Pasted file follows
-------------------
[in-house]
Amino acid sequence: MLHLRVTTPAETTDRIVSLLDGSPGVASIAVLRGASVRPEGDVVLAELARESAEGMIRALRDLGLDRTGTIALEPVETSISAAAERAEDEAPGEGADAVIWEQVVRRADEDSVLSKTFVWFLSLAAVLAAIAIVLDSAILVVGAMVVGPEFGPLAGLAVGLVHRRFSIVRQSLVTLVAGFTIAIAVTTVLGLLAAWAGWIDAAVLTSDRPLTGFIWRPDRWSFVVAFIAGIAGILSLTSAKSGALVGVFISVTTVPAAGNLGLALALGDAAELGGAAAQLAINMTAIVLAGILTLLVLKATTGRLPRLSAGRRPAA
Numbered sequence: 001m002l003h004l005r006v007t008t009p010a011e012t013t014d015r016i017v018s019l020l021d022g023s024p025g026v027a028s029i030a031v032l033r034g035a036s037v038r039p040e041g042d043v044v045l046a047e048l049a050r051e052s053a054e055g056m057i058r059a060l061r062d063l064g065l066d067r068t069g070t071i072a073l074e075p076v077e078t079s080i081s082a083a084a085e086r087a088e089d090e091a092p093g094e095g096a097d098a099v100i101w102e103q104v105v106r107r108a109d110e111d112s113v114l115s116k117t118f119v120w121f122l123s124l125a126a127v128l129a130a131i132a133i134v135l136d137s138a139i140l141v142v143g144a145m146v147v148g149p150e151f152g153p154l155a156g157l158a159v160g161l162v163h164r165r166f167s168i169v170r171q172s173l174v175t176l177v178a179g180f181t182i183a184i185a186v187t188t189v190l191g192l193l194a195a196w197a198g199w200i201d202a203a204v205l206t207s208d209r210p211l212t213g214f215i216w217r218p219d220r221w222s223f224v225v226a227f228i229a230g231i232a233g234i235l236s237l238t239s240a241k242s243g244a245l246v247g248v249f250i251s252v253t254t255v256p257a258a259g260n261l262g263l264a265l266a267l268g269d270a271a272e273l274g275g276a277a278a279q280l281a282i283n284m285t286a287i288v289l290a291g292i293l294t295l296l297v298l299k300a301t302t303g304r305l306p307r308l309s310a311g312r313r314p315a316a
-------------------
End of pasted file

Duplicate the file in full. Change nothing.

[in-house]
Amino acid sequence: MLHLRVTTPAETTDRIVSLLDGSPGVASIAVLRGASVRPEGDVVLAELARESAEGMIRALRDLGLDRTGTIALEPVETSISAAAERAEDEAPGEGADAVIWEQVVRRADEDSVLSKTFVWFLSLAAVLAAIAIVLDSAILVVGAMVVGPEFGPLAGLAVGLVHRRFSIVRQSLVTLVAGFTIAIAVTTVLGLLAAWAGWIDAAVLTSDRPLTGFIWRPDRWSFVVAFIAGIAGILSLTSAKSGALVGVFISVTTVPAAGNLGLALALGDAAELGGAAAQLAINMTAIVLAGILTLLVLKATTGRLPRLSAGRRPAA
Numbered sequence: 001m002l003h004l005r006v007t008t009p010a011e012t013t014d015r016i017v018s019l020l021d022g023s024p025g026v027a028s029i030a031v032l033r034g035a036s037v038r039p040e041g042d043v044v045l046a047e048l049a050r051e052s053a054e055g056m057i058r059a060l061r062d063l064g065l066d067r068t069g070t071i072a073l074e075p076v077e078t079s080i081s082a083a084a085e086r087a088e089d090e091a092p093g094e095g096a097d098a099v100i101w102e103q104v105v106r107r108a109d110e111d112s113v114l115s116k117t118f119v120w121f122l123s124l125a126a127v128l129a130a131i132a133i134v135l136d137s138a139i140l141v142v143g144a145m146v147v148g149p150e151f152g153p154l155a156g157l158a159v160g161l162v163h164r165r166f167s168i169v170r171q172s173l174v175t176l177v178a179g180f181t182i183a184i185a186v187t188t189v190l191g192l193l194a195a196w197a198g199w200i201d202a203a204v205l206t207s208d209r210p211l212t213g214f215i216w217r218p219d220r221w222s223f224v225v226a227f228i229a230g231i232a233g234i235l236s237l238t239s240a241k242s243g244a245l246v247g248v249f250i251s252v253t254t255v256p257a258a259g260n261l262g263l264a265l266a267l268g269d270a271a272e273l274g275g276a277a278a279q280l281a282i283n284m285t286a287i288v289l290a291g292i293l294t295l296l297v298l299k300a301t302t303g304r305l306p307r308l309s310a311g312r313r314p315a316a